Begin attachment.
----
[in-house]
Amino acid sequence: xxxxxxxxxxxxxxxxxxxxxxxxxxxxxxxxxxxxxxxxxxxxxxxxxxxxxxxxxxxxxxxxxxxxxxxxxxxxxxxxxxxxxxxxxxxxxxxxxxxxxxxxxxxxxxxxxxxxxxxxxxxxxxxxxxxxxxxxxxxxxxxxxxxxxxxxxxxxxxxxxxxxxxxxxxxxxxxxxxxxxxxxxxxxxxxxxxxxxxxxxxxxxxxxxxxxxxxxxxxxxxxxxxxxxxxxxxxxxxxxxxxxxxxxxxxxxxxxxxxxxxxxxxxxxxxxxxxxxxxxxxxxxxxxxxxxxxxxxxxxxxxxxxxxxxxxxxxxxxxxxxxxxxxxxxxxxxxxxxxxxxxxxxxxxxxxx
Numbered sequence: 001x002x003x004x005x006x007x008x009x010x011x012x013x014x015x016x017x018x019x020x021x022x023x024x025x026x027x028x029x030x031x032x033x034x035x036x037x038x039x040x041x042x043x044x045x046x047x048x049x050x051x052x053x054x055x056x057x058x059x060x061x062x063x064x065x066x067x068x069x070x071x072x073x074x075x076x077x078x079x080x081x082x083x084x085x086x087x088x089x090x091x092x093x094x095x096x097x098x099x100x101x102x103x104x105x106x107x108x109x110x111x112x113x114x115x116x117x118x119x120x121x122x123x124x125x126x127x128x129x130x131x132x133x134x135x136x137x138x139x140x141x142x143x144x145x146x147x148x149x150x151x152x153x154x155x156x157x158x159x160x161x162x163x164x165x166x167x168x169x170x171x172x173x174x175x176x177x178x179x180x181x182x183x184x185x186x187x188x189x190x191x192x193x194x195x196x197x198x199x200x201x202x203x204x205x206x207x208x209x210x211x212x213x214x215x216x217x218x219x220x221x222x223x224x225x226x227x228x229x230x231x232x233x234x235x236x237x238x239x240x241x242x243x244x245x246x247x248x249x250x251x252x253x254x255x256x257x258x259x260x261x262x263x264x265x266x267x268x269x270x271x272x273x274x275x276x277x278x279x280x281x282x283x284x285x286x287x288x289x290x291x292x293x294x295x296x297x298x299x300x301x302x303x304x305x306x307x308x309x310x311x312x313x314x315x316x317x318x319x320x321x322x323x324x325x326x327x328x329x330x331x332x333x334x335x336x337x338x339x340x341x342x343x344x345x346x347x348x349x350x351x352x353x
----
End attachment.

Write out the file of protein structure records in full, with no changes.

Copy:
[in-house]
Amino acid sequence: xxxxxxxxxxxxxxxxxxxxxxxxxxxxxxxxxxxxxxxxxxxxxxxxxxxxxxxxxxxxxxxxxxxxxxxxxxxxxxxxxxxxxxxxxxxxxxxxxxxxxxxxxxxxxxxxxxxxxxxxxxxxxxxxxxxxxxxxxxxxxxxxxxxxxxxxxxxxxxxxxxxxxxxxxxxxxxxxxxxxxxxxxxxxxxxxxxxxxxxxxxxxxxxxxxxxxxxxxxxxxxxxxxxxxxxxxxxxxxxxxxxxxxxxxxxxxxxxxxxxxxxxxxxxxxxxxxxxxxxxxxxxxxxxxxxxxxxxxxxxxxxxxxxxxxxxxxxxxxxxxxxxxxxxxxxxxxxxxxxxxxxxxxxxxxxxx
Numbered sequence: 001x002x003x004x005x006x007x008x009x010x011x012x013x014x015x016x017x018x019x020x021x022x023x024x025x026x027x028x029x030x031x032x033x034x035x036x037x038x039x040x041x042x043x044x045x046x047x048x049x050x051x052x053x054x055x056x057x058x059x060x061x062x063x064x065x066x067x068x069x070x071x072x073x074x075x076x077x078x079x080x081x082x083x084x085x086x087x088x089x090x091x092x093x094x095x096x097x098x099x100x101x102x103x104x105x106x107x108x109x110x111x112x113x114x115x116x117x118x119x120x121x122x123x124x125x126x127x128x129x130x131x132x133x134x135x136x137x138x139x140x141x142x143x144x145x146x147x148x149x150x151x152x153x154x155x156x157x158x159x160x161x162x163x164x165x166x167x168x169x170x171x172x173x174x175x176x177x178x179x180x181x182x183x184x185x186x187x188x189x190x191x192x193x194x195x196x197x198x199x200x201x202x203x204x205x206x207x208x209x210x211x212x213x214x215x216x217x218x219x220x221x222x223x224x225x226x227x228x229x230x231x232x233x234x235x236x237x238x239x240x241x242x243x244x245x246x247x248x249x250x251x252x253x254x255x256x257x258x259x260x261x262x263x264x265x266x267x268x269x270x271x272x273x274x275x276x277x278x279x280x281x282x283x284x285x286x287x288x289x290x291x292x293x294x295x296x297x298x299x300x301x302x303x304x305x306x307x308x309x310x311x312x313x314x315x316x317x318x319x320x321x322x323x324x325x326x327x328x329x330x331x332x333x334x335x336x337x338x339x340x341x342x343x344x345x346x347x348x349x350x351x352x353x